Experimental Ebola Vaccine Trialled in West Africa Declared Safe


A new vaccine that combats two strains of Ebola as well as the lethal Marburg virus has been tested on Africans in the west of the Continent, after initial trials in the United States and has been ruled safe.

The filovirus vaccine was originally tested on healthy Americans, but has now been used on Ugandan adults, who have shown a similar immune response. The Daily Telegraph quotes Doctor Julie Ledgerwood, of the US National Institutes of Allergy and Infectious Diseases who said: “This is the first study to show comparable safety and protection of an experimental Ebola vaccine in an African population.

“This is particularly encouraging because those at greatest risk of Ebola live primarily in Africa, and diminished vaccine protection in African populations has been seen for other diseases”.

The development of a successful vaccine could finally spell the end for the Ebola virus, which has broken out sporadically without prevention or cure in Sub-Saharan Africa over the past fifty years.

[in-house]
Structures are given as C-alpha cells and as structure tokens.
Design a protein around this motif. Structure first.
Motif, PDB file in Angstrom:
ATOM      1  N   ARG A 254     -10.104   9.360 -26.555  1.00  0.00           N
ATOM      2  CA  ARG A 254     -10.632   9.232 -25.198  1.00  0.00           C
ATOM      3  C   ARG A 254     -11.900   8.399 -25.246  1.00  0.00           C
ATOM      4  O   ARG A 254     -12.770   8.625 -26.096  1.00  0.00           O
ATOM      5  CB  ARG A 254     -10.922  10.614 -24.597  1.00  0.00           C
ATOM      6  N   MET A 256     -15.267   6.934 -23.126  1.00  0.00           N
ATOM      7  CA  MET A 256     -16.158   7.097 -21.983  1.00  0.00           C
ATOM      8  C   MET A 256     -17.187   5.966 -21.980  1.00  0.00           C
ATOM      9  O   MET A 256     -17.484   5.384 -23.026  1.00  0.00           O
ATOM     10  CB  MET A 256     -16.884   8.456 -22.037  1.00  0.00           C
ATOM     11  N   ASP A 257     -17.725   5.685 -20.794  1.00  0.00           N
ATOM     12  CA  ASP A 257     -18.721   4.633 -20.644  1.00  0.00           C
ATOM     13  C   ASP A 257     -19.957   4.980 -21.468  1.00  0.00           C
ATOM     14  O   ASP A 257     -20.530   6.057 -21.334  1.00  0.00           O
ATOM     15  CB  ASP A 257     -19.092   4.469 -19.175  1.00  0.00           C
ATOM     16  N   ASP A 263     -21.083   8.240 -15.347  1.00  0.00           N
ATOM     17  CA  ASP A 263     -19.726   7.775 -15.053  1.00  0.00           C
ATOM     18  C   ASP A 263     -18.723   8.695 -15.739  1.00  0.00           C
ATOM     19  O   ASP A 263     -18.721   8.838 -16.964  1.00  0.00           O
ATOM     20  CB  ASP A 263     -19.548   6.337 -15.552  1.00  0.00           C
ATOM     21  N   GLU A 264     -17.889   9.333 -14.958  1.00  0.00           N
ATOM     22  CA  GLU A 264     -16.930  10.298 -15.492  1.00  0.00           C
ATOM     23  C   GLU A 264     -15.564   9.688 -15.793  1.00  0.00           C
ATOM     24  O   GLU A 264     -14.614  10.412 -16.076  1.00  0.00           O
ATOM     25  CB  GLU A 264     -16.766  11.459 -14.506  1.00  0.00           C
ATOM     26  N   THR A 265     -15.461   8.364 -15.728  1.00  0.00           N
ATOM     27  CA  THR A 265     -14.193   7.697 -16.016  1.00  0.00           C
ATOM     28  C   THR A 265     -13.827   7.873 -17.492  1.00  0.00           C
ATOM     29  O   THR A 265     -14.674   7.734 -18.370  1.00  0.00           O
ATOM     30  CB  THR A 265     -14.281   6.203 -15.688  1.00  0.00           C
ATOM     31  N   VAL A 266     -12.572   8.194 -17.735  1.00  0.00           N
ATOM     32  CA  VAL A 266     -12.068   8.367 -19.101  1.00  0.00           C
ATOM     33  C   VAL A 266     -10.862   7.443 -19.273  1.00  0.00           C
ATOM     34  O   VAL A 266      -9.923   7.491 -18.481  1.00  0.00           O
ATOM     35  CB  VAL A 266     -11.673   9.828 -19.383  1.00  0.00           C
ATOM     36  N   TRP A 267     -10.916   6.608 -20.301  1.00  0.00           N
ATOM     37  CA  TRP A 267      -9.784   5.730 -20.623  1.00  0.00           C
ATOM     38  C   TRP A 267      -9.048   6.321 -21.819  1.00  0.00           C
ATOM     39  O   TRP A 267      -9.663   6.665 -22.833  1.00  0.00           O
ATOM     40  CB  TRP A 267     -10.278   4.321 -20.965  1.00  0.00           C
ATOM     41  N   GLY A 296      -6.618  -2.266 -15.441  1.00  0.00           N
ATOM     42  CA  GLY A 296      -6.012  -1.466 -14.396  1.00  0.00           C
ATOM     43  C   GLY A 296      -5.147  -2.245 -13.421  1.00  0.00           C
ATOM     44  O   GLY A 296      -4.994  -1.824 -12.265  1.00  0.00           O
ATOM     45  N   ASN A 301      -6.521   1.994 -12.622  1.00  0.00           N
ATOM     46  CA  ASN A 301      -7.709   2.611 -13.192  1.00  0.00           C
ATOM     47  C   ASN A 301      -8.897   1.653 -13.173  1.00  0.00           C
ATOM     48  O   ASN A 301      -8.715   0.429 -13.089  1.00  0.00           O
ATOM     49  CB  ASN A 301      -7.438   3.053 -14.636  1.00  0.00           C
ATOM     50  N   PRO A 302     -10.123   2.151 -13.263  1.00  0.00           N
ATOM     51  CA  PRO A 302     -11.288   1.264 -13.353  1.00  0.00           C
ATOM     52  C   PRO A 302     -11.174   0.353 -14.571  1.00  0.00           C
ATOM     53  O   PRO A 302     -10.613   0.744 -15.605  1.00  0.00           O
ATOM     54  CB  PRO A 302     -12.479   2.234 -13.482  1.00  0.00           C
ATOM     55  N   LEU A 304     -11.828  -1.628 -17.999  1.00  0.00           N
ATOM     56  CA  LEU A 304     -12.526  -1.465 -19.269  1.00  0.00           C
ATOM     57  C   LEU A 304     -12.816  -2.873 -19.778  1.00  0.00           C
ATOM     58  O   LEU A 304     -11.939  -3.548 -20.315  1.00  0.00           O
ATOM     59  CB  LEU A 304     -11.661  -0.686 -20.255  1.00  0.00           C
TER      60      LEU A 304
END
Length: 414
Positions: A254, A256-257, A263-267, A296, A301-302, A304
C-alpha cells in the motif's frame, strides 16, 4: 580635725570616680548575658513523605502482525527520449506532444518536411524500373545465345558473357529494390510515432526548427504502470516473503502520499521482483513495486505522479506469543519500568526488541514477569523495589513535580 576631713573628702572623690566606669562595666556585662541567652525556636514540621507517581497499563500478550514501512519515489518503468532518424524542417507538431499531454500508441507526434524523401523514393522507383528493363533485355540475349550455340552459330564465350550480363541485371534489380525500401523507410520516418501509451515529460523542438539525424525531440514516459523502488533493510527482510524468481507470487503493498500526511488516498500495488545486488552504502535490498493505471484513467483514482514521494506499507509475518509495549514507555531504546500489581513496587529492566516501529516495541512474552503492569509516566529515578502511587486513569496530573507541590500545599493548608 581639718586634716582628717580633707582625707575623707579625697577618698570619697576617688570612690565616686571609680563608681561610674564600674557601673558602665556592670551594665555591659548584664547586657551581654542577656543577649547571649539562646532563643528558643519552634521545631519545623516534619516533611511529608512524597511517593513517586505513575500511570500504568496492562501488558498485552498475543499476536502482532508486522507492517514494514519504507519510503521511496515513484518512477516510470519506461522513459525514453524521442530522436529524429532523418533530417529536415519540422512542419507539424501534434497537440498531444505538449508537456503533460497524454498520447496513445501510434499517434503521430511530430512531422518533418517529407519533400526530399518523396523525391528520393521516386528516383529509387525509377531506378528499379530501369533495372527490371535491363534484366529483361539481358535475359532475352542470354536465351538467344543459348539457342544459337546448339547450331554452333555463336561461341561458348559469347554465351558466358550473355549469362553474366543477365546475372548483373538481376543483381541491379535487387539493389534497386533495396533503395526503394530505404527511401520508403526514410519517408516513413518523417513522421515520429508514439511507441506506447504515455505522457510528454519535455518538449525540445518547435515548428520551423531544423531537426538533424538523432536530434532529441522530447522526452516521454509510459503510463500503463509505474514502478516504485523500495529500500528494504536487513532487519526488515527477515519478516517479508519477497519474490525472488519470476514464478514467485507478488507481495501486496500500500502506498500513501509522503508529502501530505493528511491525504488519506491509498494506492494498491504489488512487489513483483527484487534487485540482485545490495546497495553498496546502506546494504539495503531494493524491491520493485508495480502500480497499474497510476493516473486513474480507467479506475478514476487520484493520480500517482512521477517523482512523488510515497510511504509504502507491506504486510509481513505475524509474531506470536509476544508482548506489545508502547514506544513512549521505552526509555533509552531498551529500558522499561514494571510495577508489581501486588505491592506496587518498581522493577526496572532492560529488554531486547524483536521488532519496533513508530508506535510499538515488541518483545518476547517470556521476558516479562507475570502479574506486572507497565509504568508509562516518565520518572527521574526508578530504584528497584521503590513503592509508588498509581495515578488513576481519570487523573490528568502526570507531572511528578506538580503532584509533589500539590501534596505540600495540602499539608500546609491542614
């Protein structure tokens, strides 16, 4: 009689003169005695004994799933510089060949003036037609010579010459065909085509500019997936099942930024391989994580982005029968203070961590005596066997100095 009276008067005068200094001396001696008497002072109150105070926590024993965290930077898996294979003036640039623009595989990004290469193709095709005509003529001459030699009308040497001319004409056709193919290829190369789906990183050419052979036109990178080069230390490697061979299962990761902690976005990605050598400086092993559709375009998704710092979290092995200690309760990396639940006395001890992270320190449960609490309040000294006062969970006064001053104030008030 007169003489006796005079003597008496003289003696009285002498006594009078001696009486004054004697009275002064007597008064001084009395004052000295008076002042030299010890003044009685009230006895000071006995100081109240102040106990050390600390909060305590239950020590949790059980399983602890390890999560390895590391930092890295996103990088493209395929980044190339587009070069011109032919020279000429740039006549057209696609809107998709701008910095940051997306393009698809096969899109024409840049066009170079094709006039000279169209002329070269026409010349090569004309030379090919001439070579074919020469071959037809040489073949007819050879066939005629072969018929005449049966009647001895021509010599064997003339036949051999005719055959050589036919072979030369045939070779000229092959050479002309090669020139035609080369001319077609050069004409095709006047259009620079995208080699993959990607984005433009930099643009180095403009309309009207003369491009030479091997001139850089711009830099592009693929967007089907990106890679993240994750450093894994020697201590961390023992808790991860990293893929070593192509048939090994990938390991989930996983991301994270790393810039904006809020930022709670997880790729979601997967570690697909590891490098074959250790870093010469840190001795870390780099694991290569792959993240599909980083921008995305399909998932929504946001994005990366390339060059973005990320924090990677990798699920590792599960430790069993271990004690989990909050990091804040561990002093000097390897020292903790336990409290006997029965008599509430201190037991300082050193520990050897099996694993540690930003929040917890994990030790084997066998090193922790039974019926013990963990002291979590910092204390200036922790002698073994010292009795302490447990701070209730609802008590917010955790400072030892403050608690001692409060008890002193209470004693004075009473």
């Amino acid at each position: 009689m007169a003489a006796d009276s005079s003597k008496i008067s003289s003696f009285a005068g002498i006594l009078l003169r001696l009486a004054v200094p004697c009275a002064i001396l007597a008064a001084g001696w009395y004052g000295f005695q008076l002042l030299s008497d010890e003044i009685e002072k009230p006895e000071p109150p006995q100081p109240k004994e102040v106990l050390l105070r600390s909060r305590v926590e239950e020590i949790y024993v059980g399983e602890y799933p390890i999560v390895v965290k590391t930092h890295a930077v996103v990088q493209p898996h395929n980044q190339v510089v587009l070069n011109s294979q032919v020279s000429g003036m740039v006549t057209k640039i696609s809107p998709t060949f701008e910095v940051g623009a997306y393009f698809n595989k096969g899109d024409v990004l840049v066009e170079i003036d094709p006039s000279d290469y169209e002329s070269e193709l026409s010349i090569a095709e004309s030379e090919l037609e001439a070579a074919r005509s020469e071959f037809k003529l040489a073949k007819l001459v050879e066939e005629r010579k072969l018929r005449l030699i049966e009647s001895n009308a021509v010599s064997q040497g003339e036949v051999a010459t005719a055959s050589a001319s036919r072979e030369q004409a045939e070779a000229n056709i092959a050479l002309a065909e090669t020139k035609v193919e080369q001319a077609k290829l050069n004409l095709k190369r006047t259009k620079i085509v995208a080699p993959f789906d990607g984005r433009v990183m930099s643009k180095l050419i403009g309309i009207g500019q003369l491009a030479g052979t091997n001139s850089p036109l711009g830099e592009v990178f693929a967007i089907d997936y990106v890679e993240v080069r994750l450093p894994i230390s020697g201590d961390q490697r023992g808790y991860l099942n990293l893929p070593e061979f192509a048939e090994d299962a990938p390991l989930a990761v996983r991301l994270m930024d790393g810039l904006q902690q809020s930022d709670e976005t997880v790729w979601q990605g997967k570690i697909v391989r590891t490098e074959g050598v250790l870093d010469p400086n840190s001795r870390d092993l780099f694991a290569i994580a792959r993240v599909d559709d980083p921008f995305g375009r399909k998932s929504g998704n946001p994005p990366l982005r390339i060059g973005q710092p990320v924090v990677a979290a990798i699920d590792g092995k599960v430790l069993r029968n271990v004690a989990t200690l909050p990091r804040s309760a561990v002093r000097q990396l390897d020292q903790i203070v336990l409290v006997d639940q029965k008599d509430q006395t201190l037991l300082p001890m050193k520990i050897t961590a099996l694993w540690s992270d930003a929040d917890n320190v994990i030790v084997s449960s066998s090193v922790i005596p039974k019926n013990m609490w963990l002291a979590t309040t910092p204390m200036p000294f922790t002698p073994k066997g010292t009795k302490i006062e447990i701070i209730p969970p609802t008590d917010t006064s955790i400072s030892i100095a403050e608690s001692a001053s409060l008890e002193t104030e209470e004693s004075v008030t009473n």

The present Ebola outbreak is the largest yet known, having killed significantly more people faster than ever before. The World Health Organisation announced yesterday that the death-toll of this outbreak had hit 7,518, meaning another 150 had died in the past three days.

Although a historically high figure, the death rate is not as high as estimated previously. A World Health Organisation estimate in October suggested there could be as many as 10,000 new cases a week by Christmas.